The importance of the public services team delivering a consistent, properly resourced service for all the people of Scotland should mean the abolition of PFI and other schemes that break up integrated services.

Pay rates and job opportunities should not be subject to discrimination on the grounds of age. Neither lower pay for young people nor the deliberate exclusion of older workers from the jobs market can be justified in our country.

Pension rights too, should be equally available to life partners, whatever their gender or marital status.


Inclusiveness and respect

Our New Parliament has inherited a situation where many Scots are effectively debarred from taking part in public life or properly accessing its public services, through no fault of their own. Whilst it is the case that most equalities powers are reserved to Westminster, there is still much a Scottish parliament can do.

The creation and dissemination of 'best practice', for example, and ensuring that they, and other bodies carry out their functions in a non-discriminatory manner.

We would like to see a Scottish Parliament leading the way in promoting an end to age discrimination in benefit qualification and education grants. And we want the findings of the Commission on the funding of Long Term Care adopted.

To ensure that our society is truly inclusive, and to treat all our citizens with the respect they deserve, we must ensure that they have real access to the wide range of positive opportunities society and the public services have to offer. Only then can we say that we are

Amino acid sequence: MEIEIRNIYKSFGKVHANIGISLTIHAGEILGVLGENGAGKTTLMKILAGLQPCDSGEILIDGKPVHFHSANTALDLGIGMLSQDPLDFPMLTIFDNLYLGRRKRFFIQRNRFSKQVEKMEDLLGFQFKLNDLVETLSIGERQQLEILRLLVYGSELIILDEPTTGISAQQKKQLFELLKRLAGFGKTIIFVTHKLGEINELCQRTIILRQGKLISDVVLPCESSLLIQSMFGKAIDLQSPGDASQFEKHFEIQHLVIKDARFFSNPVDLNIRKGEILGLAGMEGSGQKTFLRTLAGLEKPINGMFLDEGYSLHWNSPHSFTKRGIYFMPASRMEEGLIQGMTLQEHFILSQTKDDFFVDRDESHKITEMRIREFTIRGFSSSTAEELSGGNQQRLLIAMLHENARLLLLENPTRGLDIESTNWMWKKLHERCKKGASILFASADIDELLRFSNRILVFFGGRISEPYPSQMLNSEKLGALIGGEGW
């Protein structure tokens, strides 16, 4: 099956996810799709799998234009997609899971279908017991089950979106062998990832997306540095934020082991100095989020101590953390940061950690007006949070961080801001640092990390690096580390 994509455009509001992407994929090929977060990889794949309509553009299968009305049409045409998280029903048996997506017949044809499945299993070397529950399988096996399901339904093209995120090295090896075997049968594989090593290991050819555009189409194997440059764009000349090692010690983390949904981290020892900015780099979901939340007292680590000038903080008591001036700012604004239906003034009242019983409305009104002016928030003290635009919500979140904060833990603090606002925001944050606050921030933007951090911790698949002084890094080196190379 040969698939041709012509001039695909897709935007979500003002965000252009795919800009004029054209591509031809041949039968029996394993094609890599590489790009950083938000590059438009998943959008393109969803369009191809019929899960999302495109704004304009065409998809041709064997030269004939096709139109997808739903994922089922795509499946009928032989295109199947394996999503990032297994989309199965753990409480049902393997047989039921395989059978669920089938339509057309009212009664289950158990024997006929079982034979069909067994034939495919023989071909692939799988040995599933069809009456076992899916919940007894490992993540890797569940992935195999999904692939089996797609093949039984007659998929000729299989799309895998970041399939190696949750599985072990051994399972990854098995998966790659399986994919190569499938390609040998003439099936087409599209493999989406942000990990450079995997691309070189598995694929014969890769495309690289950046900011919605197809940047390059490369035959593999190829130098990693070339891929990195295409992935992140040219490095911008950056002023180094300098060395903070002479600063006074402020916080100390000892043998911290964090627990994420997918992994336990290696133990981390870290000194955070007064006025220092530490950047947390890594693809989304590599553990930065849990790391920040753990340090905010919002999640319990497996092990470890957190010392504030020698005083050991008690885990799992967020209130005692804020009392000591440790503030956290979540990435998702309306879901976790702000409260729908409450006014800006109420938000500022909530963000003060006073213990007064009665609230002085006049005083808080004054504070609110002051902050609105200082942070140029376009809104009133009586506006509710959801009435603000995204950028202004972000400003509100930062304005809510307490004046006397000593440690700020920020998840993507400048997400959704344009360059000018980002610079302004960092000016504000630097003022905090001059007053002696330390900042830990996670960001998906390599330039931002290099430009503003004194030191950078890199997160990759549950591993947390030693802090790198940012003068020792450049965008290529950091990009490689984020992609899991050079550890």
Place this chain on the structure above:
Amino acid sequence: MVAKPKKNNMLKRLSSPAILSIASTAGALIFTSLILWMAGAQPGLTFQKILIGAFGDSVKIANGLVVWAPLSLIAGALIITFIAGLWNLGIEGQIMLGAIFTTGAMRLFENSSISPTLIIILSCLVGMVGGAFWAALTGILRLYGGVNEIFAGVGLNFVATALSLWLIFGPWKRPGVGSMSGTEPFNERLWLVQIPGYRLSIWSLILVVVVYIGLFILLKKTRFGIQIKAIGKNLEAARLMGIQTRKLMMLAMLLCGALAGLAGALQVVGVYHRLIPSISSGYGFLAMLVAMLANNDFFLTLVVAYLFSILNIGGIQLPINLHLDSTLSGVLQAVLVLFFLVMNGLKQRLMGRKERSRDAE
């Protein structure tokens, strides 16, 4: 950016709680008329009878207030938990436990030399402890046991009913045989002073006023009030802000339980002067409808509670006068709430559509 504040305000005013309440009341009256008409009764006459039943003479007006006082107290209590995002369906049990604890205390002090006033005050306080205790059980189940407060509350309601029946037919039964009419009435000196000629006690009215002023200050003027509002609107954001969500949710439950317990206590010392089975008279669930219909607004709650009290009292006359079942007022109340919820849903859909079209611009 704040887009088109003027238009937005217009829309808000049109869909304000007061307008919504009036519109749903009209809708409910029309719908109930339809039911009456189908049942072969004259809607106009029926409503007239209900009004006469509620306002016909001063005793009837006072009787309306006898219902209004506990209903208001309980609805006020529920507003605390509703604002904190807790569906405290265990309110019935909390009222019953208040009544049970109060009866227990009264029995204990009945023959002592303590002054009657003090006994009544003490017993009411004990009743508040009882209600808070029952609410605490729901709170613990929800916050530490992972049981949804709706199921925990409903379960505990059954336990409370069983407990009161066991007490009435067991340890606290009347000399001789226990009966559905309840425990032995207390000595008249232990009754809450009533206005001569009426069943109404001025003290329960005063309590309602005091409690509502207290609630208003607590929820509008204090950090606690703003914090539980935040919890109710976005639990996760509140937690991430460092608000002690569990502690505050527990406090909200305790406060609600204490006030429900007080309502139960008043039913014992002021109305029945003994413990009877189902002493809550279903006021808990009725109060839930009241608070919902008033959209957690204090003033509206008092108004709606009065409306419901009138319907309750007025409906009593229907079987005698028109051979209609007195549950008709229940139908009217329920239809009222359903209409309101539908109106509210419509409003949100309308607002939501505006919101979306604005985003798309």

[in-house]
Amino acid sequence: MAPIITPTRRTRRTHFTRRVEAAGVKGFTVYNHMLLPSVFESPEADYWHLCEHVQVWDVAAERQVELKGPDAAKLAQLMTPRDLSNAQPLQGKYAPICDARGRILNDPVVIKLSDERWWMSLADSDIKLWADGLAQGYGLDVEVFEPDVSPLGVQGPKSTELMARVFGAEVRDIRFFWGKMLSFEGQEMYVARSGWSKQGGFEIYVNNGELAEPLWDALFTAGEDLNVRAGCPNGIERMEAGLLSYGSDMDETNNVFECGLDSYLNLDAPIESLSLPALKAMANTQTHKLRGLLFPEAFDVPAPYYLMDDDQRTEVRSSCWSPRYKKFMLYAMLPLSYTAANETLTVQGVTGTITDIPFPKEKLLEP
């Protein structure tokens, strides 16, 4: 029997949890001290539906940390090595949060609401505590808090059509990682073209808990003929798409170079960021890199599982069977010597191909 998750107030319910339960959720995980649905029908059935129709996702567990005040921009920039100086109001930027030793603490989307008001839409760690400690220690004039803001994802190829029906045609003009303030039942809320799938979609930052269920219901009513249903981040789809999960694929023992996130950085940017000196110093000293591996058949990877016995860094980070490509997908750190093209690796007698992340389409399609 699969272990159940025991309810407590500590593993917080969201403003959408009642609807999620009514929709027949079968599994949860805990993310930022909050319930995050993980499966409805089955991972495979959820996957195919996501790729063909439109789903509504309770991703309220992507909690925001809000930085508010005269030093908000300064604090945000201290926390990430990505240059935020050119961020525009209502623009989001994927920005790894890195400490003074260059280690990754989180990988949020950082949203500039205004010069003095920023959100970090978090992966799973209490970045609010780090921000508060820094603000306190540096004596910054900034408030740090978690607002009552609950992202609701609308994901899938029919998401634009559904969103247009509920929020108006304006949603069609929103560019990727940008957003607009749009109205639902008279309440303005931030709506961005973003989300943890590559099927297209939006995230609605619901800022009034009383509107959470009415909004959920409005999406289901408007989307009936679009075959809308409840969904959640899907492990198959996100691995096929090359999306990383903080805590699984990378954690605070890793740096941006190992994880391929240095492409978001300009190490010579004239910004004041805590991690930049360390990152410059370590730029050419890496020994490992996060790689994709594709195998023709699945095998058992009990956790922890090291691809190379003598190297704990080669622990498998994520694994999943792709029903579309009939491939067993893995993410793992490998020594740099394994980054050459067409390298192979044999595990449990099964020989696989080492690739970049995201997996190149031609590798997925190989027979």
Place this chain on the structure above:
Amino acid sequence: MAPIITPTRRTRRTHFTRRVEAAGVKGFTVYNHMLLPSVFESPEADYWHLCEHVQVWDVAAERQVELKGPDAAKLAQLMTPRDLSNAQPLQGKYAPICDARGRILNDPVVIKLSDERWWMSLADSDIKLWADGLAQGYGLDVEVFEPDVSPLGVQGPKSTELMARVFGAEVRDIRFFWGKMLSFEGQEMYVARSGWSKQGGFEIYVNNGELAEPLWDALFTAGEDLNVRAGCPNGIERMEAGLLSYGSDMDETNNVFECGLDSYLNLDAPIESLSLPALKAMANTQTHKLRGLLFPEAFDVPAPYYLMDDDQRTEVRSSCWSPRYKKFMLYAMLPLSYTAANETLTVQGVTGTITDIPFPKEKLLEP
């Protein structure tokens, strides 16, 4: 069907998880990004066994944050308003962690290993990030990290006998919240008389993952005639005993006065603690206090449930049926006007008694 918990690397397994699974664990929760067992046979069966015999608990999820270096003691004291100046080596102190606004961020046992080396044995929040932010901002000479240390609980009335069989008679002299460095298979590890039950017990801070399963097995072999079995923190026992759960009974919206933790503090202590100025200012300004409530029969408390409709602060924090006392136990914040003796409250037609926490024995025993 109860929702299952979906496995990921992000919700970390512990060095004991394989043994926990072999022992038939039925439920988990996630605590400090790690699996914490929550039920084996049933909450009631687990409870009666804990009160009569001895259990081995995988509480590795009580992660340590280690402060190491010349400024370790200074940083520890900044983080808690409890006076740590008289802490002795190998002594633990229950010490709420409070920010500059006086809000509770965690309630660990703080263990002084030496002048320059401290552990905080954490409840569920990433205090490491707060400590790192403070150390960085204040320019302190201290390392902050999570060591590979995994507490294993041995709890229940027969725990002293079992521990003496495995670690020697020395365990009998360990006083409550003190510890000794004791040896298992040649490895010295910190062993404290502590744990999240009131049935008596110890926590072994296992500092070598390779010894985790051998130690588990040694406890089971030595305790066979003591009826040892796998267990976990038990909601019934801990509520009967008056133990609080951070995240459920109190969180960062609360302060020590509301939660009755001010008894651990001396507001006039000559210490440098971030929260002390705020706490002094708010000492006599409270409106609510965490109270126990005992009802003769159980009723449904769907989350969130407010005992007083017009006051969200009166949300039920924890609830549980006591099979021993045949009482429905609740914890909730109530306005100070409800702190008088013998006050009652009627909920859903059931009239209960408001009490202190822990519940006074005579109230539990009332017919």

This minifesto and a full copy of Serving Scotland, A manifesto For Scotland's Public Services, is on UNlSONScotland's Website at http://www.unison-scotland org. uk.

It is also available in different languages and formats from UNISONScotland, 14, West Campbell Street, Glasgow G2 6RX. tel 0141-332 0006, fax 0141 342 2835, e-mail c.bartter@unison.co.uk.

Published by UNISONScotland as part of its Serving Scotland campaign, UNISON House, 14 West Campbell Street, Glasgow G2 6RX. Tel 0141 332 0006.



Home | Serving Scotland Manifesto | Self Organised Groups

Promoting equality
+Dealing with ALL discrimination
Giving people a say in their services
+Equal access for all
Choosing quality services
Choosing teamwork
+Training, integration
Inclusiveness and respect

Natalie Roberston
Natalie Robertson is a development worker in a community health project based within a Social Inclusion Partnership area of Edinburgh.

"We have the opportunity to deal with discrimination beyond that which is currently legally outlawed", she said.

"Serious issues of access and inclusiveness should go beyond mere words. Let's make the Scottish Parliament truly representative of ALL people in Scotland".


Bernard Kamya
Bernard Kamya is a graduate engineer working for Aberdeenshire Council Roads Department. He is keen to see the Scottish Parliament treat equality of opportunity as a key issue.

"It is important that the Parliament starts to investigate ways of promoting equal opportunity", he said.

"Not only as far as its own work is concerned, but also elsewhere in Scottish society. We should use this opportunity of a new start to open up Scotland's institutions to all the Scottish people".